The Effect of Minimally Invasive Surfactant Therapy on Diaphragmatic Activity

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Background: Minimally invasive surfactant therapy (MIST) is increasingly used to treat preterm infants with respiratory distress syndrome (RDS). However, the effect of MIST on breathing effort is poorly studied. Objectives: To describe the effect of MIST on neural breathing effort assessed with transcutaneous electromyography of the diaphragm (dEMG) in preterm infants with RDS. Methods: Preterm infants with a gestational age < 37 weeks treated with MIST for RDS were included. dEMG measurements were done from 15 min before to 1 h after MIST. The percentage change in dEMG activity after MIST and the clinical response were analyzed. Results: Twenty preterm infants (mean gestational age 29.3 [SD 2.1] weeks; mean birth weight 1,230 [SD 391] g) were included. Seventeen infants did complete the 1-h measurement. Eleven (65%) infants had a decrease in their peakdEMG activity (median change -11.8% [IQR -26.8 to 5.8, p = 0.08]) 1 h after MIST. TonicdEMG activity decreased in 12 (71%) infants, with a median reduction of 6.3% (IQR -29.2 to 9.0, p = 0.07). FiO2 showed a rapid decrease following MIST (before, 0.47 [IQR 0.38-0.84]; 1 h after, 0.25 [IQR 0.21-0.30], p < 0.001). Conclusion: In addition to improved oxygenation, MIST results in a decrease in neural breathing effort measured by dEMG activity in the majority of preterm infants with RDS.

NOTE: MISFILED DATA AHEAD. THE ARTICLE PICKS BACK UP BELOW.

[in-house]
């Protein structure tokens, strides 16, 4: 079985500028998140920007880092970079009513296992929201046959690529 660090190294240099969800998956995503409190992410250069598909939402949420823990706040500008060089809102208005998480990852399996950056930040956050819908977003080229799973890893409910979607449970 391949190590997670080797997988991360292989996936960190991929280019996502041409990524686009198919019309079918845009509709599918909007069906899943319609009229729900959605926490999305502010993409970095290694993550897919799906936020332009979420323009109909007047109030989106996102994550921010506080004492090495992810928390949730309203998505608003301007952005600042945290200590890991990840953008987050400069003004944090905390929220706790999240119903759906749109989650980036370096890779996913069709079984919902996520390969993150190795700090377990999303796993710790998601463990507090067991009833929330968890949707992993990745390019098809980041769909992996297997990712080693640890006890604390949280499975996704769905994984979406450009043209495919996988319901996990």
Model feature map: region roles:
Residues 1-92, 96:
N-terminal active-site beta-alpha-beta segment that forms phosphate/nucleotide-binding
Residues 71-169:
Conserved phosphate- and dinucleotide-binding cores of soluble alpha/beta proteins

Original languageEnglish
Pages (from-to)76-81
Issue number1
Publication statusPublished - 2018

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